Mill of Foveran is one of a group of historic industrial buildings in a rural setting and is an unusual survival. Its age, usual development history and quirky architectural details make the building stand out within the region. Repairs will include the use of traditional skills to re-harl and re-point the stonework in lime.
Award Offer: Still to be determined.
Carnsalloch House is comparable with some of the best small Palladian villas in Britain and is outstanding in a Scottish context. The A-listed building is remarkable for the elegance of its proportions and restraint of detail. Since closing as a private school in 2004, it has been unoccupied and is on the Buildings at Risk register. It has also been a target for vandals. Specialist builders will be required to carry out much of the work to convert the building into flats, which should provide traditional buildings skills training.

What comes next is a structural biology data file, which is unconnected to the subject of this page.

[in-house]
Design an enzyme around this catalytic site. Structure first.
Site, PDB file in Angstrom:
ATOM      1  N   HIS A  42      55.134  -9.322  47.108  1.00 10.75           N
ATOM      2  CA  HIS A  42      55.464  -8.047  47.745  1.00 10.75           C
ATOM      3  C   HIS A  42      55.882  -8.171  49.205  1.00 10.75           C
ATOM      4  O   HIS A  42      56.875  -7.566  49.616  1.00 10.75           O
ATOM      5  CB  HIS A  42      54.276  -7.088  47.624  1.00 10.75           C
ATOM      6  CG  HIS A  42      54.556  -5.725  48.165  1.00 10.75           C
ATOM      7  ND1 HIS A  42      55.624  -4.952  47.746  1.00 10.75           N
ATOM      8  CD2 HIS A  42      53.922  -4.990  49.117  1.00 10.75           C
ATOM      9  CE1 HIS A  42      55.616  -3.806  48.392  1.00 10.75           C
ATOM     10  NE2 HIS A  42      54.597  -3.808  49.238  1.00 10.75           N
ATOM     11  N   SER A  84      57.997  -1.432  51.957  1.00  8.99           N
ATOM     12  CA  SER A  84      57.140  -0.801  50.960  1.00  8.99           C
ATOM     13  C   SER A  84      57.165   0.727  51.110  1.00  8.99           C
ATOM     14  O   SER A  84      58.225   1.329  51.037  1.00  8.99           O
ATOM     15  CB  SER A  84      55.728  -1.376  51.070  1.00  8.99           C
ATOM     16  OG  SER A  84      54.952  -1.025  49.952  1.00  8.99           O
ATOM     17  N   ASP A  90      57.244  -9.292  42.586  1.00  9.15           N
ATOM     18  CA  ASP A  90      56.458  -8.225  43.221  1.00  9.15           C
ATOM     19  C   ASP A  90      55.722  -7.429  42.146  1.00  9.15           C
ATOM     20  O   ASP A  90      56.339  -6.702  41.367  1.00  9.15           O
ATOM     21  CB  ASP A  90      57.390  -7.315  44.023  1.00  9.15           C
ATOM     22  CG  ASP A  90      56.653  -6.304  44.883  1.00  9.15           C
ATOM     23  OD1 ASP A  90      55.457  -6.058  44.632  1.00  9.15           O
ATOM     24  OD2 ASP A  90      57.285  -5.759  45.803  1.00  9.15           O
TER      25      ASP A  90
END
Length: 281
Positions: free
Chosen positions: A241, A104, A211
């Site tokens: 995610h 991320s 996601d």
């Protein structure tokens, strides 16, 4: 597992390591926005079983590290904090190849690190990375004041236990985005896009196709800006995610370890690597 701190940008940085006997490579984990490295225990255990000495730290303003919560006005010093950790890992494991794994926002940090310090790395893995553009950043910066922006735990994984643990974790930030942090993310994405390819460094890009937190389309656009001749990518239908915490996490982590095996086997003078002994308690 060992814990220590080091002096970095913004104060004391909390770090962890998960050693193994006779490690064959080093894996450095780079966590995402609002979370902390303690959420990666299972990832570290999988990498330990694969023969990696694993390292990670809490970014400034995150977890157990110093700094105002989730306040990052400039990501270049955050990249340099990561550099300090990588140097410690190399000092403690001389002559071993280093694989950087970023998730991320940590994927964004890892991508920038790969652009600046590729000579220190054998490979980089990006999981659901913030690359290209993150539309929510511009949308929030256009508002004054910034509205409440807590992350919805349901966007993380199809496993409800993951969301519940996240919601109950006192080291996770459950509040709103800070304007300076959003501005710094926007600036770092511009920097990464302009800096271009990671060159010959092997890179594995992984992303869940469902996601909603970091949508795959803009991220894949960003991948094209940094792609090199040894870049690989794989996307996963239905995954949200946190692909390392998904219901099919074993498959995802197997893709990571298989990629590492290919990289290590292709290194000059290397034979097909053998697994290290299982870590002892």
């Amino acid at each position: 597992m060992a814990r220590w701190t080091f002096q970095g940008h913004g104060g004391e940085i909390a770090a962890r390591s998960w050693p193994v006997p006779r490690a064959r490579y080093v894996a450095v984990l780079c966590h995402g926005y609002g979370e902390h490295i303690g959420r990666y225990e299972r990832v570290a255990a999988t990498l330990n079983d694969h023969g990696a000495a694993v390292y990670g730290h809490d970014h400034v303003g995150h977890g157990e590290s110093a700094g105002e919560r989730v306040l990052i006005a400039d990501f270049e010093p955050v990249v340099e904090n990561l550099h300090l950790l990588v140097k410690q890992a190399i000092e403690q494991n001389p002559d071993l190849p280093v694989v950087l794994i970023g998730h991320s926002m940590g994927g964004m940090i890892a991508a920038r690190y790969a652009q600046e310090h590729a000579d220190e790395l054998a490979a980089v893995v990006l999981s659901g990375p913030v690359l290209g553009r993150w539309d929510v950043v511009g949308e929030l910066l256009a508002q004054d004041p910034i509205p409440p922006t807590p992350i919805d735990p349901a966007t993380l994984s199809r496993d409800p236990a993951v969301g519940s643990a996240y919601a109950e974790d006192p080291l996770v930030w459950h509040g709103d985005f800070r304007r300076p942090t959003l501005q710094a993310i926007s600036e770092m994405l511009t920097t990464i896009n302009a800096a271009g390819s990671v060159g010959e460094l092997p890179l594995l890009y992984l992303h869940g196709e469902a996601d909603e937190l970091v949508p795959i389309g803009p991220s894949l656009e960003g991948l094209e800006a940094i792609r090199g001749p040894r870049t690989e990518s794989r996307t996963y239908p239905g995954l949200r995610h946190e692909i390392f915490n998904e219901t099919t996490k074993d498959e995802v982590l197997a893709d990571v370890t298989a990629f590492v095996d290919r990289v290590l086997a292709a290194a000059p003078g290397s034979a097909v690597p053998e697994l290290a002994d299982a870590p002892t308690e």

Notes for editors
·Historic Scotland is an executive agency of the Scottish Government charged with safeguarding the nation’s historic environment. The agency is fully accountable to Scottish Ministers and through them to the Scottish Parliament.
·A total of £2,633,789 has been awarded with one grant amount still to be determined.
·Grants are normally allocated as a percentage of the estimated cost of a project.
·A series of criteria are used to decide on grants, including the social, educational and economic benefits the project would bring to the community as well as the urgency or the repairs.
·At this stage the grant offers are conditional and projects have to gain all the necessary permissions and meet all agreed delivery conditions.
·There are three listing categories A, B and C(S). A is the highest and is only awarded to buildings and structures of national or international significance. Listing aims to prevent unwanted change and ensure that buildings which contribute to Scotland’s heritage are used in a sustainable way and can be enjoyed by future generations. For more information on the listing of buildings for their architectural or historical interest visit www.historic-scotland.gov.uk/historicandlistedbuildings